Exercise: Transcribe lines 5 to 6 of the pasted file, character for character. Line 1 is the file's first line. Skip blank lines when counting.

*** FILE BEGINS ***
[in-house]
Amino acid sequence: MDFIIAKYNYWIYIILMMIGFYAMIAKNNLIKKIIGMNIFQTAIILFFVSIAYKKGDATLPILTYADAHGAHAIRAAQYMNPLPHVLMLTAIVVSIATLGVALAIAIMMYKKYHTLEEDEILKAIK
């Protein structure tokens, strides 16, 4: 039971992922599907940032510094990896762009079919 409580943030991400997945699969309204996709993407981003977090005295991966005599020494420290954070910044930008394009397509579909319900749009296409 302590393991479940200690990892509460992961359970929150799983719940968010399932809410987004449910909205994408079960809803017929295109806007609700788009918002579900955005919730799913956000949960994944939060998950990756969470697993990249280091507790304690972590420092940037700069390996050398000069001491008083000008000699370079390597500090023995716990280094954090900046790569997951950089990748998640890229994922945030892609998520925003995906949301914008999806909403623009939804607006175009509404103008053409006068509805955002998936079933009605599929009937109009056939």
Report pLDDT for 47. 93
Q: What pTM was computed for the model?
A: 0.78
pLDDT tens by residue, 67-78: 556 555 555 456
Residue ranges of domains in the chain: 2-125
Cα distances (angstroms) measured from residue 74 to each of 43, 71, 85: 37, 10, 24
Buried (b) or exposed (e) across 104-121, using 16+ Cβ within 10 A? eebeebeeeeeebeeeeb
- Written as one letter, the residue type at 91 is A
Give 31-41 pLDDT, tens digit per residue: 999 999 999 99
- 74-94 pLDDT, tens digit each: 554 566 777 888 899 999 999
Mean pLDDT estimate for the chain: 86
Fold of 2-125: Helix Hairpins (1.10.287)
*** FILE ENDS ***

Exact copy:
Q: What pTM was computed for the model?
A: 0.78